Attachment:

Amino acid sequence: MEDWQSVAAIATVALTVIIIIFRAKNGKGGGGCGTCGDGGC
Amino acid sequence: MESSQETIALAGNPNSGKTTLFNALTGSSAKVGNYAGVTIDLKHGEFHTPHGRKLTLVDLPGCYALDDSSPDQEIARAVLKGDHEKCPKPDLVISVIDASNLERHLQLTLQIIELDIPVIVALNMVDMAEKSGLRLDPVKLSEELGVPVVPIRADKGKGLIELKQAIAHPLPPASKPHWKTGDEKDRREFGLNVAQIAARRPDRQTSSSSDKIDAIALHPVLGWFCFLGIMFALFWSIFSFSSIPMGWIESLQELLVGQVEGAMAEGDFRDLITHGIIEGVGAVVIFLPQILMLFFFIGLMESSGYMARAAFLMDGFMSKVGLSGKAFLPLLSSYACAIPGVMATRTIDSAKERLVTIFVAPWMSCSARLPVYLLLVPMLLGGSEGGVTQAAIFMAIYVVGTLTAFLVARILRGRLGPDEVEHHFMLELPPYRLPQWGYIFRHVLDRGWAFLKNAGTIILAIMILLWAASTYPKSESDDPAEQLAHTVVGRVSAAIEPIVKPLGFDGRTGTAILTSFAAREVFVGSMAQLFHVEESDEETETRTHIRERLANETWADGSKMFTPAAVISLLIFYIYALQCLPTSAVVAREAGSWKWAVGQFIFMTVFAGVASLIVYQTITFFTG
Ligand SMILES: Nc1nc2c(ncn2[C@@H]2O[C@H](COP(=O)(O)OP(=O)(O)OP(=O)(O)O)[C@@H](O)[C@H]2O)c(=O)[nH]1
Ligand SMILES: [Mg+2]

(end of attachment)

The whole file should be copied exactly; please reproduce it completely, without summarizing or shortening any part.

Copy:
Amino acid sequence: MEDWQSVAAIATVALTVIIIIFRAKNGKGGGGCGTCGDGGC
Amino acid sequence: MESSQETIALAGNPNSGKTTLFNALTGSSAKVGNYAGVTIDLKHGEFHTPHGRKLTLVDLPGCYALDDSSPDQEIARAVLKGDHEKCPKPDLVISVIDASNLERHLQLTLQIIELDIPVIVALNMVDMAEKSGLRLDPVKLSEELGVPVVPIRADKGKGLIELKQAIAHPLPPASKPHWKTGDEKDRREFGLNVAQIAARRPDRQTSSSSDKIDAIALHPVLGWFCFLGIMFALFWSIFSFSSIPMGWIESLQELLVGQVEGAMAEGDFRDLITHGIIEGVGAVVIFLPQILMLFFFIGLMESSGYMARAAFLMDGFMSKVGLSGKAFLPLLSSYACAIPGVMATRTIDSAKERLVTIFVAPWMSCSARLPVYLLLVPMLLGGSEGGVTQAAIFMAIYVVGTLTAFLVARILRGRLGPDEVEHHFMLELPPYRLPQWGYIFRHVLDRGWAFLKNAGTIILAIMILLWAASTYPKSESDDPAEQLAHTVVGRVSAAIEPIVKPLGFDGRTGTAILTSFAAREVFVGSMAQLFHVEESDEETETRTHIRERLANETWADGSKMFTPAAVISLLIFYIYALQCLPTSAVVAREAGSWKWAVGQFIFMTVFAGVASLIVYQTITFFTG
Ligand SMILES: Nc1nc2c(ncn2[C@@H]2O[C@H](COP(=O)(O)OP(=O)(O)OP(=O)(O)O)[C@@H](O)[C@H]2O)c(=O)[nH]1
Ligand SMILES: [Mg+2]